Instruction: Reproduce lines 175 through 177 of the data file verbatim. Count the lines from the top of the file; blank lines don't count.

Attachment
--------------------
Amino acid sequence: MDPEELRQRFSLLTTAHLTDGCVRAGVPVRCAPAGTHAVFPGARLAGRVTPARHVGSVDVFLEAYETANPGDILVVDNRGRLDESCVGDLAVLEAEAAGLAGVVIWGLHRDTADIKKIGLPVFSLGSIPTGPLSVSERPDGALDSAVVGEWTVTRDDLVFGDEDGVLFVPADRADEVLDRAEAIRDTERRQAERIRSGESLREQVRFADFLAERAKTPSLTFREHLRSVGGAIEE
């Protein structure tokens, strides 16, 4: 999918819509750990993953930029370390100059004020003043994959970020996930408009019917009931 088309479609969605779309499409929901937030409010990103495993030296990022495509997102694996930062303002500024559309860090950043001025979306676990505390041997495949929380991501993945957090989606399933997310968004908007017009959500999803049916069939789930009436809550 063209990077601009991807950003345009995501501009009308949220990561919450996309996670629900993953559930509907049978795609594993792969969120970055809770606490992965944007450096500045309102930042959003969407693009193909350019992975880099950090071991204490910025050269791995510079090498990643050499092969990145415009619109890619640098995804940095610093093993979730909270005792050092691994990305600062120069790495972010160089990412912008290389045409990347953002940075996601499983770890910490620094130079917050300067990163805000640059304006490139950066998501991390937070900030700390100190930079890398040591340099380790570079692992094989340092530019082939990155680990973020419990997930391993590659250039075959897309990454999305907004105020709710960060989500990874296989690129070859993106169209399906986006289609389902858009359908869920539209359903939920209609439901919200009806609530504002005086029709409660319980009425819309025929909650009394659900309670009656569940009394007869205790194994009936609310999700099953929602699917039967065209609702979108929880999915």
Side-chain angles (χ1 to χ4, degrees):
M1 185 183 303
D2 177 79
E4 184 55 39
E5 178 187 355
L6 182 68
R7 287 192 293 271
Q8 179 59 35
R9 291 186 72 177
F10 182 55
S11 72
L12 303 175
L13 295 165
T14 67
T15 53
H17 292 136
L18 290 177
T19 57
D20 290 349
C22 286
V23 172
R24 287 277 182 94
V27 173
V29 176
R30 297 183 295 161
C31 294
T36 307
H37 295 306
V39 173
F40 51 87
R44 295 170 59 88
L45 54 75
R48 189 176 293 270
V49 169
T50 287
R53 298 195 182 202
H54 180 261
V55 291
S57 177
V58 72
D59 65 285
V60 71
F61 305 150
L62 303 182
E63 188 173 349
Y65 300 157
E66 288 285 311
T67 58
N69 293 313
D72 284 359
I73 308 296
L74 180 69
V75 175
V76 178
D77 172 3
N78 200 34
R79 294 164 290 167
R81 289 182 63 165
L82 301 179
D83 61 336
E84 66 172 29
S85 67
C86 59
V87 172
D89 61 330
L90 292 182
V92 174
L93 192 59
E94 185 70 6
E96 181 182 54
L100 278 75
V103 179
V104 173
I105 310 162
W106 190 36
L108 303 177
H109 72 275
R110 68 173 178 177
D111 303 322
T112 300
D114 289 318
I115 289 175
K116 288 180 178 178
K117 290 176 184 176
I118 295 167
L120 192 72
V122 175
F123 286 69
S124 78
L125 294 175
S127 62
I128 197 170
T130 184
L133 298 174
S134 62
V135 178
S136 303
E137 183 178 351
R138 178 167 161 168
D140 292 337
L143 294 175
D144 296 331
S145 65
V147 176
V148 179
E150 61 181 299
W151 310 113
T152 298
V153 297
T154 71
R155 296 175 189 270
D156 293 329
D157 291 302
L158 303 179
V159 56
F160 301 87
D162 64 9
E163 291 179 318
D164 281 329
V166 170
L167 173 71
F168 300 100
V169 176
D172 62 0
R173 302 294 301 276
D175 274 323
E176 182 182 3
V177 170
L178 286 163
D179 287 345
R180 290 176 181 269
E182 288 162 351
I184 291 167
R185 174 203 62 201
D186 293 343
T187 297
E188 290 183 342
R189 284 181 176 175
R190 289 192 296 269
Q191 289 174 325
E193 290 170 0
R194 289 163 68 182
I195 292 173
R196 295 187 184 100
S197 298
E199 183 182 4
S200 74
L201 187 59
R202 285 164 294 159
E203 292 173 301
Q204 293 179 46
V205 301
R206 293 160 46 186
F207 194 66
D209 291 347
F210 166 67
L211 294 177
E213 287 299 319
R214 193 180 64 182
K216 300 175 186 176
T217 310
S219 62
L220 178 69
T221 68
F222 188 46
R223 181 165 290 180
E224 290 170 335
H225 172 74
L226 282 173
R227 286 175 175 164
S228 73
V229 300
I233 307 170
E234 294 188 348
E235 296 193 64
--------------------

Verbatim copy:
I233 307 170
E234 294 188 348
E235 296 193 64